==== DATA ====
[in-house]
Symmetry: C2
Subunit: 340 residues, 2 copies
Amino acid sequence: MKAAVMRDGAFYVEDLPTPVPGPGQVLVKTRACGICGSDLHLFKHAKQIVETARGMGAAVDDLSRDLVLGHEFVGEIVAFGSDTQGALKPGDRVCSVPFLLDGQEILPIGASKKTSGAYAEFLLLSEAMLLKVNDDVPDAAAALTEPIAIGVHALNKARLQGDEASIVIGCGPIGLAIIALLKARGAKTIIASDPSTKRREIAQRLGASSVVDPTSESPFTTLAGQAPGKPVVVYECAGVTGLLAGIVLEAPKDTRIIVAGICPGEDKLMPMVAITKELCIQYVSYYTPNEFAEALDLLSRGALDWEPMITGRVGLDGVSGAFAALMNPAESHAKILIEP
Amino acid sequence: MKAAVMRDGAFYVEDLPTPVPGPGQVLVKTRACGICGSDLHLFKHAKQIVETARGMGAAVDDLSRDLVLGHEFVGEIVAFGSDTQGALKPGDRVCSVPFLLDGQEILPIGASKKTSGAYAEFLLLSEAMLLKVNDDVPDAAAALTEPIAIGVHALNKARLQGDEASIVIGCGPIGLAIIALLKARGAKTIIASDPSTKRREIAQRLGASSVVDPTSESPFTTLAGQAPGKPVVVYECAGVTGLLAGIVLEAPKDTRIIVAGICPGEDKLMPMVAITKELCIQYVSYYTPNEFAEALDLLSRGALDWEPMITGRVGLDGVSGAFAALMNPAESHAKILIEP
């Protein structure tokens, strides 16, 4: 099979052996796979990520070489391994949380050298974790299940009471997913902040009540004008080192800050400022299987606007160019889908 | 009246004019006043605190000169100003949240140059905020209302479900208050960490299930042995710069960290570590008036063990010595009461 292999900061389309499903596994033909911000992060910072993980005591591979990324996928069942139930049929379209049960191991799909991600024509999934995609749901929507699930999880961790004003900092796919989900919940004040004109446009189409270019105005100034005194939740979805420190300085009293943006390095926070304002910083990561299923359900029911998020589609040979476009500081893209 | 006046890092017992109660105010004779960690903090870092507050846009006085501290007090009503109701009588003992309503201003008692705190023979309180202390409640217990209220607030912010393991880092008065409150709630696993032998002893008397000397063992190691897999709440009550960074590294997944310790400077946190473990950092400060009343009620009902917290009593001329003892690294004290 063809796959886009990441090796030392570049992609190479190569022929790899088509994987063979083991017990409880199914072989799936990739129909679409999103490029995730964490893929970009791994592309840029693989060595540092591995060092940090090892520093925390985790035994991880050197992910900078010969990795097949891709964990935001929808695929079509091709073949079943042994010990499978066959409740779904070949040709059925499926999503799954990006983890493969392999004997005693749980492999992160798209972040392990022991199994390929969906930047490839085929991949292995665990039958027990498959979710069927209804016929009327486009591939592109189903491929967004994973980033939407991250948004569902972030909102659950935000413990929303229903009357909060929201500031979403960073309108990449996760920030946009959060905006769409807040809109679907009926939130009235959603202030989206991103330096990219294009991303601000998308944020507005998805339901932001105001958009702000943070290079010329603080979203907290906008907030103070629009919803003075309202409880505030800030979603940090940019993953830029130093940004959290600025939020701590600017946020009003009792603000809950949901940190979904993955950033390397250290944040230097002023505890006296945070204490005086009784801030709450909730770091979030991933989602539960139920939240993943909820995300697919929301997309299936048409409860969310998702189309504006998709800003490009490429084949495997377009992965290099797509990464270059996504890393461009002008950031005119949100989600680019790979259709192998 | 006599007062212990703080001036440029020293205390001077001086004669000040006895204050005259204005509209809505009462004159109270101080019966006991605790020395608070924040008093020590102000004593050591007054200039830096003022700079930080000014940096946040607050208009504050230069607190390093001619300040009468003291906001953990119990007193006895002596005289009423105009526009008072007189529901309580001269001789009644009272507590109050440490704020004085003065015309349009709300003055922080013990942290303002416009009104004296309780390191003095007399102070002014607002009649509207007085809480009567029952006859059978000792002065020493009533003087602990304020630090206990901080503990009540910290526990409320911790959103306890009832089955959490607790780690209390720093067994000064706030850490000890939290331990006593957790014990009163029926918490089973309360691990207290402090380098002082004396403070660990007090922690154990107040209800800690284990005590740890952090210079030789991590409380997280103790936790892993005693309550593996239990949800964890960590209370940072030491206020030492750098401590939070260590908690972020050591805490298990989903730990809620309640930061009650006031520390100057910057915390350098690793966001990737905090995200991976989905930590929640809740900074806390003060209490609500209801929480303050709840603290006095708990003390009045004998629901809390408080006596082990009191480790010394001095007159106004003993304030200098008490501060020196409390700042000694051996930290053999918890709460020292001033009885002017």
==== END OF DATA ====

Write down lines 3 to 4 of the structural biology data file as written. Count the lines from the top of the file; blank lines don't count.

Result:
Subunit: 340 residues, 2 copies
Amino acid sequence: MKAAVMRDGAFYVEDLPTPVPGPGQVLVKTRACGICGSDLHLFKHAKQIVETARGMGAAVDDLSRDLVLGHEFVGEIVAFGSDTQGALKPGDRVCSVPFLLDGQEILPIGASKKTSGAYAEFLLLSEAMLLKVNDDVPDAAAALTEPIAIGVHALNKARLQGDEASIVIGCGPIGLAIIALLKARGAKTIIASDPSTKRREIAQRLGASSVVDPTSESPFTTLAGQAPGKPVVVYECAGVTGLLAGIVLEAPKDTRIIVAGICPGEDKLMPMVAITKELCIQYVSYYTPNEFAEALDLLSRGALDWEPMITGRVGLDGVSGAFAALMNPAESHAKILIEP